My guest today is Maya Schenwar, Truthout's editor-in-chief, author of Locked Down, Locked Out: Why Prison Doesn't Work and How We Can Do Better , and co-editor of Who Do You Serve, Who Do you Protect? Police Violence and Resistance in the United States.
Joan Brunwasser: Welcome back to OpEdNews, Maya. We last spoke back in January, 2015. Now, I'd like to discuss your recent piece: Death Penalty for Heroin Dealers? More Proof the Drug War Is Not Over . Who thought the drug war was over in the first place and why?
Maya Schenwar: There has been a shift in mainstream politics toward condemning the drug war, and for good reason. It has done nothing to stem drug misuse, and meanwhile it has resulted in the criminalization and incarceration of millions of people, overwhelmingly Black and Brown people. With countless studies demonstrating its "failure" (I put this in quotes because I don't think the drug war was actually devised to help people in the first place), politicians who defend it end up looking pretty bad. So the current line is to say it's in the past, and that we have a new approach to drugs going forward. The Obama administration, many state governments, and even conservative politicians (including the "Right on Crime" crowd) have said that we need to leave behind the old war on drugs. In February, Eric Holder said the drug war is "over," and Obama increasingly talks about treating drug-related issues as "public health problems" instead of criminal problems.
JB: How does that change anything: the disproportionate numbers of minority members locked up for possession, more single moms incarcerated for the same, families split up and minors left with no parent at home? Are they, then, opening the prison gates and saying, "We were wrong. This was all a big mistake; it didn't work and we diverted and wasted billions of dollars that could have been used to good purpose. And we ruined your lives for nothing. Oops. Sorry."?
MS: No, no one is opening the prison gates, unfortunately! There are some limited steps being taken toward scaling back drug-war-related incarceration. For example, Obama has issued hundreds of commutations to people serving super-long drug sentences. Some states have taken steps to reduce some very low-level drug offenses to misdemeanors instead of felonies, which means people are a lot less likely to be incarcerated for them. (California's Proposition 47 is an example of this, although the emphasis on "low-level offenses" has actually entrenched the idea that people should be severely punished for "higher-level offenses.)
Obviously, in a number of states, marijuana is being decriminalized, and some are legalizing it. However, that doesn't mean there are no longer marijuana arrests -- in fact, an ACLU study released recently showed there were more marijuana possession arrests last year than arrests for all violent crimes. The study also showed that Black people are still disproportionately arrested in far greater numbers than white people, despite using marijuana at about the same rate as white people.
JB: How do we understand this, Maya? Beyond being convinced that the whole penal system is seriously screwed up, what's the point of increased marijuana arrests? Is this a last gasp effort or at least partly to fill up jail cells and local or private prison coffers?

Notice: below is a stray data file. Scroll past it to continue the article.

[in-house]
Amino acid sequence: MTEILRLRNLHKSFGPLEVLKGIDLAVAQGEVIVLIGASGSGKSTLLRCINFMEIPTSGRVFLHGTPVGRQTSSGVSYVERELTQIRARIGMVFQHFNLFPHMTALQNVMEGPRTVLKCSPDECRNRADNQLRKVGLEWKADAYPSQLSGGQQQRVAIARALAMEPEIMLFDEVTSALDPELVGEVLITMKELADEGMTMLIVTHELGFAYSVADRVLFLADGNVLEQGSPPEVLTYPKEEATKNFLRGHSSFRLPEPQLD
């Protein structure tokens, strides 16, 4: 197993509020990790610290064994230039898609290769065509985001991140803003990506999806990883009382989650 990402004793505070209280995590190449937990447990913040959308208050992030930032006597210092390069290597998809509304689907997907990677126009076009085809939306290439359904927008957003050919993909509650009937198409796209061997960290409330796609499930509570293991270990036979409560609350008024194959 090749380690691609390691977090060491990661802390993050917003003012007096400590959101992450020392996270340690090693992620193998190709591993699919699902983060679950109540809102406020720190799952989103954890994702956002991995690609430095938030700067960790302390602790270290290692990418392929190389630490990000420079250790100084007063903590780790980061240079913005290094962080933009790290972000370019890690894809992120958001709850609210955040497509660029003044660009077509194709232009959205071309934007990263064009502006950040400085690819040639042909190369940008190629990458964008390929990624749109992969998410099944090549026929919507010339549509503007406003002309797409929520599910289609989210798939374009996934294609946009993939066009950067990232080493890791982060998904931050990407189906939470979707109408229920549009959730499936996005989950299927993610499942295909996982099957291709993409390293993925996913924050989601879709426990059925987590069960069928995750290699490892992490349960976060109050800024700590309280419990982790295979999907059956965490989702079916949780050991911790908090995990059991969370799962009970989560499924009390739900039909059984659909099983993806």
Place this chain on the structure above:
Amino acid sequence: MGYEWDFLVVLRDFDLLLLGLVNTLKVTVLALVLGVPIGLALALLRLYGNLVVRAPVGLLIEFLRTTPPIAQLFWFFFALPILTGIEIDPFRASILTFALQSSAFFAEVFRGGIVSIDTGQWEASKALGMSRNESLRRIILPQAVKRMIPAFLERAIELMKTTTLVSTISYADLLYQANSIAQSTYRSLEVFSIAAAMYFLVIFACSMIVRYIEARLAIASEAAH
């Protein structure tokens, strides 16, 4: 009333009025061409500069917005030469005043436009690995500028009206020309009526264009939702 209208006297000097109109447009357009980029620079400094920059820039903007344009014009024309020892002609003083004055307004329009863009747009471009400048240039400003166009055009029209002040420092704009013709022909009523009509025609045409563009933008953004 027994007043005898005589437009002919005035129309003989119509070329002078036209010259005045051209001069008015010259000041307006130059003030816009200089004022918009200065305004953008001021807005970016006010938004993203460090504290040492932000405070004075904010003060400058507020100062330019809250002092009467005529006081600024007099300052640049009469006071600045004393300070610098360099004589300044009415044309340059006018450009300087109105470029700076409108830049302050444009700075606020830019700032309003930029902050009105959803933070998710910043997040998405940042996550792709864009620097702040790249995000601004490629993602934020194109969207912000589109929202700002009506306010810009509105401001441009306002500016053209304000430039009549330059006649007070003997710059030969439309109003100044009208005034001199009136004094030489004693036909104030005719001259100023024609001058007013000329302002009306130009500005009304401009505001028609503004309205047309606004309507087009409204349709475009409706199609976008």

MS: There wasn't an increase in marijuana arrests overall last year; there was a decrease. But obviously it was a small decrease, given that there was a larger number of possession arrests than all violent crime arrests.
I don't think it's about filling private prison coffers. Ultimately, prisons are expensive for states, and I don't actually see money as a primary motivator to incarcerate people. Until we challenge criminality itself -- and challenge the white supremacy that underlies the US's version of criminality -- we won't be done with large-scale incarceration. We have to understand incarceration by looking at how people are being labeled as disposable and as "dangerous," and how those things are racialized. Whether it's marijuana possession or something else, there will always be a convenient "crime" with which to charge Black and Brown people unless white supremacy itself is confronted. We also have to think about ableism, transmisogyny, patriarchy, economic injustice, capitalism -- really confronting the structures that make it possible for our society to lock millions of people in cages.
If we look at the drug war through this lens, we understand that's it's not some stand-alone entity; it's one tool deployed by a larger power structure that continually targets marginalized people in order to keep itself going.
JB: Good point. Does the fact that the penal dysfunction is part of a larger overarching dysfunction make it easier or harder to improve it? And what's ableism? I don't know that I'm familiar with that term.
MS: I think the fact that it's part of an overarching structural problem means that it can't really been improved, per se -- it really has to be uprooted. I wouldn't say that can happen extremely easily; it's more a goal to move toward while making incremental changes.
Ableism is the structural oppression against and devaluation of people with disabilities. One of the ways it plays out in relation to prison is the extremely high level of incarceration of people with psychiatric and intellectual disabilities.
JB: Quite true. I believe much of that shift occurred when President Reagan "reallocated" resources, closing many state mental hospitals and dumping the patients onto the streets and the unprepared public. And we've been paying the price, one way or another, ever since. What haven't we talked about yet?